is it also my understanding that because he passed away under an expired CBA his family can get no pension benifits?
if that is true that is not right, I hope someone looks into this and takes care of it
Fifthed, very puzzling how all of a sudden atheletes are dropping with heart conditions at avery young age.
Athletes have always died, but with more of them and better coverage you hear about it more. These cases are most frequently arrythmias (abnormal cardiac patterns) and/or idiopathic hypertrophic cardiomyopathy or an abnormal enlargement of the cardiac septum which obstructs outflow from the heart and usually leads to an arrythmia. Infrequently you may see an aortic aneurysm cause death in athletes.
Very sad -
article from the Minneapolis paper. Heartbreaking last moments with With Wild teamate Darby Hendrickson.Last update: November 4, 2004 at 6:56 AM
Ex-Wild Zholtok is dead at 31
Chris Snow, Star Tribune
November 4, 2004 SERG1104
Sergei Zholtok, the popular, introspective center who played almost three full seasons with the Wild, died Wednesday during a game in Minsk, Belarus. He is believed to have died of heart failure.
Zholtok, 31, was playing for HC Riga 2000 when he left the bench late in a tie game and collapsed in or near the visiting locker room, according to NHL agent Neil Sheehy. Paramedics unsuccessfully attempted to revive Zholtok, Sheehy said.
In a convergence of time and place, another former Wild player, Darby Hendrickson, was playing with Riga because of the NHL lockout. He accompanied Zholtok to the locker room. And, according to Sheehy, Zholtok died in Hendrickson's arms.
Said Sheehy, who is Hendrickson's agent: "He told Darby, 'Don't leave.' "
Sheehy said Hendrickson also told him: "I have a deep faith. I was meant to be here."
It was only last season, on Oct. 21, 2003, that Zholtok fainted at Xcel Energy Center in the runway to the locker room. He was diagnosed with hyperventilation. Ten days later, additional testing at the Mayo Clinic revealed an irregular heartbeat.
Four days after that, which was exactly one year ago Wednesday, Zholtok was cleared by his cardiologist to return to the Wild.
Zholtok leaves behind two sons, Edgar, who is in his early teens, and Nikita, a toddler, and a wife, Anna. They were in Latvia at the time of Zholtok's death, Sheehy said. Sheehy said Zholtok's father lives in Minsk and was at the rink Wednesday.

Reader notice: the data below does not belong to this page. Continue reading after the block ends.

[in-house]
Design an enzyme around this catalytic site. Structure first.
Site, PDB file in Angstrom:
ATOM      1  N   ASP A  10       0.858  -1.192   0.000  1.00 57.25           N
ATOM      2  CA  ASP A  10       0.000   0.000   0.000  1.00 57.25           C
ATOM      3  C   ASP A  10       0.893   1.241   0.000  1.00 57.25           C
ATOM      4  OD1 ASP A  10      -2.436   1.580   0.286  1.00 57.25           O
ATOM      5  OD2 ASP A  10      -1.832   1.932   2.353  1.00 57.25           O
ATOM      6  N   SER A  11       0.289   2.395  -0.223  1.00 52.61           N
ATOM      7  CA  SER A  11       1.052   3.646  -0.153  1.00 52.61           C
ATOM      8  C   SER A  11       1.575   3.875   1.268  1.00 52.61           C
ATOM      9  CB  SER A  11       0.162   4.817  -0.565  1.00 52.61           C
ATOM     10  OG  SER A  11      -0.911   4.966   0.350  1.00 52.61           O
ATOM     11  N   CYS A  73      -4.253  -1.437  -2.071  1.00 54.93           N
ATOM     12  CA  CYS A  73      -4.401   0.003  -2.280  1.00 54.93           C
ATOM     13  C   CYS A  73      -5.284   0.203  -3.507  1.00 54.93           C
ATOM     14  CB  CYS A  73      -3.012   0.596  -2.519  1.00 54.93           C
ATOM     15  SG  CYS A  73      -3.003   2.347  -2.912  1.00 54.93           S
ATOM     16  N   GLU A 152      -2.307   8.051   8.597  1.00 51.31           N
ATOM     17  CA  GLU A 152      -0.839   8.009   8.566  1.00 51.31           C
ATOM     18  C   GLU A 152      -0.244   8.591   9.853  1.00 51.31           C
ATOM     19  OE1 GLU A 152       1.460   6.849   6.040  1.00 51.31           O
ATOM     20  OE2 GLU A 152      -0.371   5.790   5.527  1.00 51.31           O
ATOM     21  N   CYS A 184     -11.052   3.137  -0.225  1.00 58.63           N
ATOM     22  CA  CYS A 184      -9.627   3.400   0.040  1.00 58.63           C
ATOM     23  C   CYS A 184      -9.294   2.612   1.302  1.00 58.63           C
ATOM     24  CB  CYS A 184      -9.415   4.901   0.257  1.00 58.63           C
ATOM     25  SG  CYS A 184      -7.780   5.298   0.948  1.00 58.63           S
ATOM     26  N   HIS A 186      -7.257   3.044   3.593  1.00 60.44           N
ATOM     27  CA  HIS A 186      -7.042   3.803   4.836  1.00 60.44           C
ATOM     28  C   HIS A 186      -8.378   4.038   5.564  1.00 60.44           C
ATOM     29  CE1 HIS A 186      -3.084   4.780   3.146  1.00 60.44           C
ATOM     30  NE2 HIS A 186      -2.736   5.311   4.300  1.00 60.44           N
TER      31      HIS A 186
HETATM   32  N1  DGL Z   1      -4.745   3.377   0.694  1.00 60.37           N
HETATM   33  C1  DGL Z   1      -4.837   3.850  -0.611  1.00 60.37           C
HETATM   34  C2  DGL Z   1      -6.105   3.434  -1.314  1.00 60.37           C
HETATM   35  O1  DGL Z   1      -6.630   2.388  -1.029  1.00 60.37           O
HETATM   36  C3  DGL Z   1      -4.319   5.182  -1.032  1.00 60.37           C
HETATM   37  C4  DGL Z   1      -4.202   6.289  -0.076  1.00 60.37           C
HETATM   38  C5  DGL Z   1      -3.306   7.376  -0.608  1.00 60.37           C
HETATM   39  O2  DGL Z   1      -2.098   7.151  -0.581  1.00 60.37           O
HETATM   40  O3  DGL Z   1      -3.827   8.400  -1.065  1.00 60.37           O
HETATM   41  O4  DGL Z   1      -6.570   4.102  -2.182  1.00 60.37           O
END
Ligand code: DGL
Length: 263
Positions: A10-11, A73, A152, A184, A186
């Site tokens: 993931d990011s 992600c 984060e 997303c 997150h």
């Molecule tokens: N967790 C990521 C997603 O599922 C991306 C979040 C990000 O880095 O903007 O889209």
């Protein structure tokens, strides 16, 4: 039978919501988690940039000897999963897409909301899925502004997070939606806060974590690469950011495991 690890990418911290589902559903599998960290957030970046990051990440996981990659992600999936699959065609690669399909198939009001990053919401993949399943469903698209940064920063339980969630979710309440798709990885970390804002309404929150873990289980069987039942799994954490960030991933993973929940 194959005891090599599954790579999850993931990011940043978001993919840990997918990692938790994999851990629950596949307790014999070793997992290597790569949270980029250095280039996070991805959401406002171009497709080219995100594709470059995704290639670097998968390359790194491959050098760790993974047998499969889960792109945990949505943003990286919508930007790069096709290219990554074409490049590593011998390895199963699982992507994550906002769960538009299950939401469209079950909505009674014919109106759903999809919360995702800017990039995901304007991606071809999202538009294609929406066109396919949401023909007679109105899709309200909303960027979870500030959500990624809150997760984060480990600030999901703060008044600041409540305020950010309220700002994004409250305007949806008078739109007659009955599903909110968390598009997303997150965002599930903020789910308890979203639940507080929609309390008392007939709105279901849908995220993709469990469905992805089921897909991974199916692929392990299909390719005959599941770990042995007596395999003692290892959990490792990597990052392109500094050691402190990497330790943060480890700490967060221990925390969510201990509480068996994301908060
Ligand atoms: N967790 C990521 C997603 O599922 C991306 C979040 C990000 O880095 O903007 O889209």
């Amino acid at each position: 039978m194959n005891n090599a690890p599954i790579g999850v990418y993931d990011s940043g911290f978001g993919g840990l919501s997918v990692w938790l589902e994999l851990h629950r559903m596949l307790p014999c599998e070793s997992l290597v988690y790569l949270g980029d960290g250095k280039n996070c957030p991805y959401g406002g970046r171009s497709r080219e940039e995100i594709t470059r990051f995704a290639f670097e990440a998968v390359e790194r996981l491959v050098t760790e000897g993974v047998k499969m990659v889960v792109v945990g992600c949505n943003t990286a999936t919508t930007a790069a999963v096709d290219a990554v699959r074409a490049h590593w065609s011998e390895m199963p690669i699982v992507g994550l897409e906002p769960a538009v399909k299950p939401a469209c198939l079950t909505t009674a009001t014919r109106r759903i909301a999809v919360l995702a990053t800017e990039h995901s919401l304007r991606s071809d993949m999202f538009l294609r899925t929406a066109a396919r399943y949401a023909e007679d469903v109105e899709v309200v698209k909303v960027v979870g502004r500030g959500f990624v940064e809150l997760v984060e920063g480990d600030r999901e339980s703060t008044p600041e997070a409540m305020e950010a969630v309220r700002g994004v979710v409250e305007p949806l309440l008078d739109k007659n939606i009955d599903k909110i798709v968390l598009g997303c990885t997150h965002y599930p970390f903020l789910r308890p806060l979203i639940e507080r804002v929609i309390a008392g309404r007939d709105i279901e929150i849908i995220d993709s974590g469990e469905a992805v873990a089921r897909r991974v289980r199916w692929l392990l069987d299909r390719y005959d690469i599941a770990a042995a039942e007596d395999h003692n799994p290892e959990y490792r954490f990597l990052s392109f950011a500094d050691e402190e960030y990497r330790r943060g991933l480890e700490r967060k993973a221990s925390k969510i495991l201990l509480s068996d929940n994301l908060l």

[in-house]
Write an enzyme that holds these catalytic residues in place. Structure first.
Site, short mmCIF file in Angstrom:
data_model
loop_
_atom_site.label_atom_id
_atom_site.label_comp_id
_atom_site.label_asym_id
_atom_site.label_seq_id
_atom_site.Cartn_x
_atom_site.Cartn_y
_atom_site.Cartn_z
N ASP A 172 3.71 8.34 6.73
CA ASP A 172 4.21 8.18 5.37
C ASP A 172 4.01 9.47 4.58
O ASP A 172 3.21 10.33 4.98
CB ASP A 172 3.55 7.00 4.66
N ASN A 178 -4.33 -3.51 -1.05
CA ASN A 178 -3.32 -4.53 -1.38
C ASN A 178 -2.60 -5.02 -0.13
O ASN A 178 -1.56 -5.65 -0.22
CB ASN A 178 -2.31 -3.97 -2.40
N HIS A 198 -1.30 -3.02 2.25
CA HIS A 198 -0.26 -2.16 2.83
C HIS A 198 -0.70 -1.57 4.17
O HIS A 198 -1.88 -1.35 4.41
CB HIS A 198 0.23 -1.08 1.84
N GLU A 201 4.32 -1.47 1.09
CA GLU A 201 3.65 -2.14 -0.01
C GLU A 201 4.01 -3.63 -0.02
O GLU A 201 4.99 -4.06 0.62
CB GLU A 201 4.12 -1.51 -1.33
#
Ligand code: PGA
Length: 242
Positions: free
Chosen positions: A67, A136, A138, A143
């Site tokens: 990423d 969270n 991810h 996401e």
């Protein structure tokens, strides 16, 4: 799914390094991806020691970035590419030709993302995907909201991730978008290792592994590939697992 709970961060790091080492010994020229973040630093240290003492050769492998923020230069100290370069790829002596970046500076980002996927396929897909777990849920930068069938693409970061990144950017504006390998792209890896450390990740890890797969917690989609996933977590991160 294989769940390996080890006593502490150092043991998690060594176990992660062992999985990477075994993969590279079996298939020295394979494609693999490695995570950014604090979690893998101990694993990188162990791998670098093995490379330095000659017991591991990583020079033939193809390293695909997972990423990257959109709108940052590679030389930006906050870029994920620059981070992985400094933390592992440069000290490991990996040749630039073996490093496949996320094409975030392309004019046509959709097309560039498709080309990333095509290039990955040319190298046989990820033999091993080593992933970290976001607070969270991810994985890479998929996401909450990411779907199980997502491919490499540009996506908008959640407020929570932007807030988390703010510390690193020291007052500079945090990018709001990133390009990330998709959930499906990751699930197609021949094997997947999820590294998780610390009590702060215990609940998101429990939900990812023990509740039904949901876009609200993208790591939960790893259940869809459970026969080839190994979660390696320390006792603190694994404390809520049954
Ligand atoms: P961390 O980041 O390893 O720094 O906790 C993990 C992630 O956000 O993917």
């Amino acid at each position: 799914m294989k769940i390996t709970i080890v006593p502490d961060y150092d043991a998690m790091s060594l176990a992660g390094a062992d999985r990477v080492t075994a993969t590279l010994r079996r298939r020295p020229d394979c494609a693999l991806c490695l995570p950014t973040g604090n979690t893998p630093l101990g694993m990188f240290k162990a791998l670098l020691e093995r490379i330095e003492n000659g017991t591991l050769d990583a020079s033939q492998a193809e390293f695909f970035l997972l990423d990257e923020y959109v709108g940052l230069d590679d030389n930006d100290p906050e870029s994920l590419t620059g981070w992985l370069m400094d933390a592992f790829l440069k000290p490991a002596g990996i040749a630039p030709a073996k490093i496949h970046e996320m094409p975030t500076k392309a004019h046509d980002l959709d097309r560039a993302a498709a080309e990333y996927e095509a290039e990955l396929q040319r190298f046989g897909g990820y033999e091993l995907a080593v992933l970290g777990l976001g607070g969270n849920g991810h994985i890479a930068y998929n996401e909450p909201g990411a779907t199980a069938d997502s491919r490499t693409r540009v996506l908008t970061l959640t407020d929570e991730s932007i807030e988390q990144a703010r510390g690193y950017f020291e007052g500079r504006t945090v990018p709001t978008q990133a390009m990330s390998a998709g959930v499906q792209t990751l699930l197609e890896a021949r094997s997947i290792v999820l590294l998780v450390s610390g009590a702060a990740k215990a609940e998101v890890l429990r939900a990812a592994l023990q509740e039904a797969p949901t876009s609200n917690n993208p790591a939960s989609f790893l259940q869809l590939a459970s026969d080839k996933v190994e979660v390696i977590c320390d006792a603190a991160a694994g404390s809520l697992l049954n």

Hendrickson, Sheehy said, planned to go immediately to see Zholtok's family once the team bus made the 10-hour bus trip back to Riga.
Zholtok, who played 10 seasons in the NHL, also leaves behind teammates who thoroughly enjoyed and respected him. Hendrickson's wife, Dana, contacted the Wild's unofficial captain, Andrew Brunette, on Wednesday night, and Brunette began calling all of his teammates.
"I'm sick to my stomach," said Brunette, who was Zholtok's road roommate the past three seasons. "He's a great family guy, very loving. If you ever had time to see him with his kids, he was just a great person, a fantastic person who didn't need to leave us all this early.
"We don't need to lose people like him."
Zholtok was so consumed by his family that it would sometimes affect his play. Last season, he was burned out by hockey and traveling but fulfilled a promise to take his family to Disney World during the All-Star break.
"I would have preferred to stay home," he said last February. "At the same time, I knew the family needed it."
Nikita basked in seeing Barney in person.
"He sings and he laughs," Zholtok said of Nikita following the trip. "It's given me a lot of positive energy."
It showed. He had five points in the next five games. Said coach Jacques Lemaire on Wednesday night: "If anything went wrong [with his family], his game would be affected. Because they counted so much."
They were one reason why Zholtok took such pains in going through extensive medical testing last October and November.
"It was a huge scare for him," Brunette said. "I know he was really kind of apprehensive about coming back. He wanted to make sure he did all the tests. He went to the best place, probably in the world, in the Mayo Clinic."
A year ago Wednesday, with Mayo's stamp of approval, Zholtok spoke about rejoining the team.
"The bottom line is my arrhythmia is fine," he said on Nov. 3, 2003. "It's cleared my mind."
Of the medical process, he said, "It's unbelievable. They do so much testing. It's all very interesting to know. The heart is a muscle, and all arteries create or don't create problems. If you are a healthy person, you should have good blood flow.
"And I'm happy to be one."
Zholtok, who was one of only four Latvian players in the NHL last season -- something about which he felt immense pride -- played 588 NHL games with six teams, compiling 258 points.